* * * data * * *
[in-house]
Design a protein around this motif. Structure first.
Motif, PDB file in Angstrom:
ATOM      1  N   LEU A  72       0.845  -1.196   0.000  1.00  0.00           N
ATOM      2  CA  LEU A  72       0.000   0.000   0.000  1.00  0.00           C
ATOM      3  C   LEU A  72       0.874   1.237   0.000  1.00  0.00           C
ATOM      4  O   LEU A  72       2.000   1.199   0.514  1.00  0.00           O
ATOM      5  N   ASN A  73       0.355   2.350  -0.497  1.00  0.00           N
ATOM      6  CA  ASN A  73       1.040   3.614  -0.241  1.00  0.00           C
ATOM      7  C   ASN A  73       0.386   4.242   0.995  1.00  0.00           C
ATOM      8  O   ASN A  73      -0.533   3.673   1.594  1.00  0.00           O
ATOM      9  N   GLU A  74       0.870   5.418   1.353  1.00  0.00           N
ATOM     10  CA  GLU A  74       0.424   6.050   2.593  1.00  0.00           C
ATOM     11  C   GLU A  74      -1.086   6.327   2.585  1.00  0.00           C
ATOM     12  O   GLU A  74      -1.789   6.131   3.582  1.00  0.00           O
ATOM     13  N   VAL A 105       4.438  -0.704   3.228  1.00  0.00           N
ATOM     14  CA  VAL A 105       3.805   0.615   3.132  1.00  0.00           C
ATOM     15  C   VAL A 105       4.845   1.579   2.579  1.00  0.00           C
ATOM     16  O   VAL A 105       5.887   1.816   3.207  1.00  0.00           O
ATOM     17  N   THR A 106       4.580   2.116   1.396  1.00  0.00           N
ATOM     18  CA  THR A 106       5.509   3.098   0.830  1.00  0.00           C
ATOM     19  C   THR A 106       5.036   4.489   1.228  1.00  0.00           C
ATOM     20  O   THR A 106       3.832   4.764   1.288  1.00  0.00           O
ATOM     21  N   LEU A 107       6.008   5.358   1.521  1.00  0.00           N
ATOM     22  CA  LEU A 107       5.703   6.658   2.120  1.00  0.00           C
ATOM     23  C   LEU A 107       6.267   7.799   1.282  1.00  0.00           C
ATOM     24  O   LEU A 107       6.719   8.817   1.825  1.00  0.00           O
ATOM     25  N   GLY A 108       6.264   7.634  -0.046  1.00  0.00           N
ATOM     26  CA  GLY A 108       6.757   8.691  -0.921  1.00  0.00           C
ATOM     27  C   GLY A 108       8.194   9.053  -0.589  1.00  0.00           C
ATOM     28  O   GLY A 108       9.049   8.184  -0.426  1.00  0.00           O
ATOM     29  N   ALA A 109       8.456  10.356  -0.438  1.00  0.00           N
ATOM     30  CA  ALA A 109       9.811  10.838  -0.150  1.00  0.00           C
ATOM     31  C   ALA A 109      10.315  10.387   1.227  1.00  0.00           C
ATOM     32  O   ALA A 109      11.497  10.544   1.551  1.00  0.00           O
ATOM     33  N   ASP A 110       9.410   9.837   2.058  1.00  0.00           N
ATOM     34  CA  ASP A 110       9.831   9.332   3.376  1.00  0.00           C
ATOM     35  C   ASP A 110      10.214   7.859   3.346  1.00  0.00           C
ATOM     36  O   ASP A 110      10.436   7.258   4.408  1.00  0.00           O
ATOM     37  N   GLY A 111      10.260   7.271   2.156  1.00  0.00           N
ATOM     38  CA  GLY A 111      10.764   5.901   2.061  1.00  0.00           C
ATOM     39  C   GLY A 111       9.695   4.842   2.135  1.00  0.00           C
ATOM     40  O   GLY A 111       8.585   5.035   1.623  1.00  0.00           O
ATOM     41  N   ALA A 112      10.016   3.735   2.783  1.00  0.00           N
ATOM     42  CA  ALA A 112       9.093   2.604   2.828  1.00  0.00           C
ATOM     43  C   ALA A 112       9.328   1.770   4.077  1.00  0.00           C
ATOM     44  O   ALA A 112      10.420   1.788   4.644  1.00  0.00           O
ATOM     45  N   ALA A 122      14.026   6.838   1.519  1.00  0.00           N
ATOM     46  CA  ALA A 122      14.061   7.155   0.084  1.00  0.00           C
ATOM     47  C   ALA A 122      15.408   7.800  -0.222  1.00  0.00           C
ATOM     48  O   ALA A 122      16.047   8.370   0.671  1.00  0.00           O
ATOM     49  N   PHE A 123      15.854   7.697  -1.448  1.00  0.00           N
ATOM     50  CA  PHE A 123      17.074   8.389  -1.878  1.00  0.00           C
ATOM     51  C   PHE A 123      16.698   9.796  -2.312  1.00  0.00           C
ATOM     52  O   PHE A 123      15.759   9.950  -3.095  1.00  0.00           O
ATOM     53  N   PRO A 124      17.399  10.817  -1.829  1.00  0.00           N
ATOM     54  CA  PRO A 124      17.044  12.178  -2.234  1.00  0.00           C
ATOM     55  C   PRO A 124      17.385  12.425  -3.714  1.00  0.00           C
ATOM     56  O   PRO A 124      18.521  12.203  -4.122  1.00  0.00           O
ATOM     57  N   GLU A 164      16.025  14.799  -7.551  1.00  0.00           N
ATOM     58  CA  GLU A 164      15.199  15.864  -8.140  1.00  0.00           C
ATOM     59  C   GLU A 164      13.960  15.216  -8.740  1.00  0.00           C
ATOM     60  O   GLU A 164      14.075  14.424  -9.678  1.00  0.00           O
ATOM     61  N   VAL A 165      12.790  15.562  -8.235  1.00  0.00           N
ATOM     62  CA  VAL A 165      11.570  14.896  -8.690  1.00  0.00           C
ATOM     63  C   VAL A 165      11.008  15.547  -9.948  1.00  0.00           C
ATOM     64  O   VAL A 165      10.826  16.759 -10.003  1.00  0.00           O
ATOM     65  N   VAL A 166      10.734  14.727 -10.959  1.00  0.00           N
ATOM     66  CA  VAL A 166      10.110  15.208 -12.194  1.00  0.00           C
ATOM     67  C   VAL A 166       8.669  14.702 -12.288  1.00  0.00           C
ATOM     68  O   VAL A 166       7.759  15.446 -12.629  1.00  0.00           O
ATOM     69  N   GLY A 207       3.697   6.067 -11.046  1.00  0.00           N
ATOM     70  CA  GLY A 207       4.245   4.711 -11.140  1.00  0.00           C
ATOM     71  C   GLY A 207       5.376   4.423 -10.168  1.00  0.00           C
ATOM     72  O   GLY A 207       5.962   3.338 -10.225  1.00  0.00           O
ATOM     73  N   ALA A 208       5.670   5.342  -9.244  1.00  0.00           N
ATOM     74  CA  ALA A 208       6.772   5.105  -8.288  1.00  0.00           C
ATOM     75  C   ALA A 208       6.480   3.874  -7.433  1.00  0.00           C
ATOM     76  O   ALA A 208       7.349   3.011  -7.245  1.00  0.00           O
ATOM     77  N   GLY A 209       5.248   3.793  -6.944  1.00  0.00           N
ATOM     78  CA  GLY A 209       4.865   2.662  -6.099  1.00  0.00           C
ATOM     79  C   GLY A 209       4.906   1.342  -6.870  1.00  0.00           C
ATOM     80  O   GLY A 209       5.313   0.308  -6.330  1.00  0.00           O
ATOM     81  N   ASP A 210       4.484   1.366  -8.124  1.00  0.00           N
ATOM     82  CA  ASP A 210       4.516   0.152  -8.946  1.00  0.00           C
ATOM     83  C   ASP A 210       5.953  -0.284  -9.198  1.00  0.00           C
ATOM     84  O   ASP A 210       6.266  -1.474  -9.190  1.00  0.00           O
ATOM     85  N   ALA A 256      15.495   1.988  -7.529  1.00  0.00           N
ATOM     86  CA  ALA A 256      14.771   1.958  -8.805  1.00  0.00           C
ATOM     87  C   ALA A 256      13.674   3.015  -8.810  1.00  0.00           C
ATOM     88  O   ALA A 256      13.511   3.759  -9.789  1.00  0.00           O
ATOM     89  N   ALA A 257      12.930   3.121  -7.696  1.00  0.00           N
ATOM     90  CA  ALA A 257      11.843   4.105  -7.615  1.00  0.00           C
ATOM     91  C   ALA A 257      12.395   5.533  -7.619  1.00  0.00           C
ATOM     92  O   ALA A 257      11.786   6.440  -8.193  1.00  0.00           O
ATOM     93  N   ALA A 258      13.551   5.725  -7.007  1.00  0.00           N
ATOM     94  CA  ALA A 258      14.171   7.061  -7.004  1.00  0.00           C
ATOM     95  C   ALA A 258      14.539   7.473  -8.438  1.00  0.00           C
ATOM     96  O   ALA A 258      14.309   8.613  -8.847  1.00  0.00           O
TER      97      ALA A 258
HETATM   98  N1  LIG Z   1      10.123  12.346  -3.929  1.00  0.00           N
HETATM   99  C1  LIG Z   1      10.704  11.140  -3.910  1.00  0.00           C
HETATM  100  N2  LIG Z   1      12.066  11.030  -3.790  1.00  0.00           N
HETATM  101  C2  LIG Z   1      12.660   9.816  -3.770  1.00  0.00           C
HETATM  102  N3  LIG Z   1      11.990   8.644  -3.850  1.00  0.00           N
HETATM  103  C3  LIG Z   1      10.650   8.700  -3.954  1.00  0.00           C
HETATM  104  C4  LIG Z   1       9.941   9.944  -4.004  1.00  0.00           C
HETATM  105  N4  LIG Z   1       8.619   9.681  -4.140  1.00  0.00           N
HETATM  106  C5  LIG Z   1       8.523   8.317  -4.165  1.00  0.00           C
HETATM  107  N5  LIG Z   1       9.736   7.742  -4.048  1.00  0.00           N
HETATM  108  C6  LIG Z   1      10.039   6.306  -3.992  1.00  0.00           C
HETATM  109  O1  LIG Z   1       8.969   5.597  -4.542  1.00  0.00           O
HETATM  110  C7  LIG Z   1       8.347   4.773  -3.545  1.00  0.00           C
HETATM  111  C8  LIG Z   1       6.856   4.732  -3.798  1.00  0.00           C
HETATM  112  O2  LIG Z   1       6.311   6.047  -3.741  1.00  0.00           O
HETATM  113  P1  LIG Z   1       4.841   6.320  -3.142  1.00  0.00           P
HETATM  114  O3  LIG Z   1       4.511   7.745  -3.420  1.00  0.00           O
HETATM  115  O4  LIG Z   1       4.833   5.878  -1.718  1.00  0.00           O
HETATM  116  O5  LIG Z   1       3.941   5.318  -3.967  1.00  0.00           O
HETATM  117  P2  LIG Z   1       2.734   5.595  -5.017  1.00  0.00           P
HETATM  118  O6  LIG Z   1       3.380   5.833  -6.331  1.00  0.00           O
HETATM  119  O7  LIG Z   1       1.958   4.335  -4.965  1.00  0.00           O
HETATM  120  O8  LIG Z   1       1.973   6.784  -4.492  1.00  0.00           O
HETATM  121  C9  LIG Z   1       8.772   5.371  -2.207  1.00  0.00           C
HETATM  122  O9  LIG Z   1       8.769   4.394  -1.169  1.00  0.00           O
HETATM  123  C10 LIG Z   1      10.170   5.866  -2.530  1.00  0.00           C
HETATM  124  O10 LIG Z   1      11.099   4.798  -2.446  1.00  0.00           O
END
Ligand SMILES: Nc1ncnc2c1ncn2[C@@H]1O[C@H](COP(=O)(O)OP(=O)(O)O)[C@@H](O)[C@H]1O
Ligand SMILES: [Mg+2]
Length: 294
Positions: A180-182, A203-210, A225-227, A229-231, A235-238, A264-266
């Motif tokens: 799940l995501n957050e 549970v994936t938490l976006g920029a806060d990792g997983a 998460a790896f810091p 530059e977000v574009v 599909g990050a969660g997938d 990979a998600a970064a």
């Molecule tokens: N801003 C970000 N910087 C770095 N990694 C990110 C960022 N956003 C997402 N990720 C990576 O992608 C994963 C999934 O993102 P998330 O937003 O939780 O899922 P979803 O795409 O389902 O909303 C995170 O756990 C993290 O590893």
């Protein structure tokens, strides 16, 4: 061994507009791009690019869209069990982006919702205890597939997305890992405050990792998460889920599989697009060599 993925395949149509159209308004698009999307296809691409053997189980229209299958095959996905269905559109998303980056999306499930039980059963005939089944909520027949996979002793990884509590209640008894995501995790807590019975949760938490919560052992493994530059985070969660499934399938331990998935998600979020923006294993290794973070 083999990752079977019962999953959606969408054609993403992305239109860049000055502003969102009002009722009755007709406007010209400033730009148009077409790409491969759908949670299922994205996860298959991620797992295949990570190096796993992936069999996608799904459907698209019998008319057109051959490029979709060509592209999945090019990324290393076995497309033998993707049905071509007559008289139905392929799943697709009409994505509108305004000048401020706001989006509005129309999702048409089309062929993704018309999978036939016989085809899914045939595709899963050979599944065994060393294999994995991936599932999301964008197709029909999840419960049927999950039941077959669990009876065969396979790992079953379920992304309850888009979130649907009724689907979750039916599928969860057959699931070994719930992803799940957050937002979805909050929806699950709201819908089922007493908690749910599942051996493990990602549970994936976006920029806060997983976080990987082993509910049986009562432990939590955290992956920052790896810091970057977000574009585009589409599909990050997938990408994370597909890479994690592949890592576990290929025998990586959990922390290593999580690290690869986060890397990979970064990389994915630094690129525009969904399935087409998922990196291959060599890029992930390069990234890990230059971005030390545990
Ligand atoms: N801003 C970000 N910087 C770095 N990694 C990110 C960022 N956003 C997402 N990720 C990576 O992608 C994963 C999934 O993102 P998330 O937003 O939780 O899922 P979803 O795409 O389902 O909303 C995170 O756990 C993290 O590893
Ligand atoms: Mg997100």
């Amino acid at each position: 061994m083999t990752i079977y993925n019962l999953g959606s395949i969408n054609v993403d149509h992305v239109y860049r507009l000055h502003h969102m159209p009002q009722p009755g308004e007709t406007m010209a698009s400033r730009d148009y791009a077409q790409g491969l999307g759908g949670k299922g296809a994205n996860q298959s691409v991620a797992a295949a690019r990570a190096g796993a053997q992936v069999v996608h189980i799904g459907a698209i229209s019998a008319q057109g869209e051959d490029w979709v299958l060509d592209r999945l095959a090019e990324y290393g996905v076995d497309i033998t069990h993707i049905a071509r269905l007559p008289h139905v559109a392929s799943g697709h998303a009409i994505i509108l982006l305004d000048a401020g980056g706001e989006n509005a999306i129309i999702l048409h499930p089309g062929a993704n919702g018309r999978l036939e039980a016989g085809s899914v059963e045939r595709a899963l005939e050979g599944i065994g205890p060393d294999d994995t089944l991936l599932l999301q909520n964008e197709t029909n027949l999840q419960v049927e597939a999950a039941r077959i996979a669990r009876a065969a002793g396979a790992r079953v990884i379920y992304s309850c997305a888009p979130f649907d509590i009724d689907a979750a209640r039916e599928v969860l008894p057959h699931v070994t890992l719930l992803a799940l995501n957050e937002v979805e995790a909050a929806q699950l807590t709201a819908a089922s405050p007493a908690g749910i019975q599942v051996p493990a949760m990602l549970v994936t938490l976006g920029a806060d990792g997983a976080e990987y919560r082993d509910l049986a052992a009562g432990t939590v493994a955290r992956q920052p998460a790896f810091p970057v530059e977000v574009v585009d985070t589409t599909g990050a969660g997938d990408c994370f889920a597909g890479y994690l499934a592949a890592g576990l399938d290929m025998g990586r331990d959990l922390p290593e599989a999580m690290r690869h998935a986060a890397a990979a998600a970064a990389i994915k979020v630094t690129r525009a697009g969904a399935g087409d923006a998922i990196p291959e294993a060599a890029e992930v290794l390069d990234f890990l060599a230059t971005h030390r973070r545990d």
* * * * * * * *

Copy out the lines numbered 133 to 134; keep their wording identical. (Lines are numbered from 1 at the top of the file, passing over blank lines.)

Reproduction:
């Motif tokens: 799940l995501n957050e 549970v994936t938490l976006g920029a806060d990792g997983a 998460a790896f810091p 530059e977000v574009v 599909g990050a969660g997938d 990979a998600a970064a």
């Molecule tokens: N801003 C970000 N910087 C770095 N990694 C990110 C960022 N956003 C997402 N990720 C990576 O992608 C994963 C999934 O993102 P998330 O937003 O939780 O899922 P979803 O795409 O389902 O909303 C995170 O756990 C993290 O590893």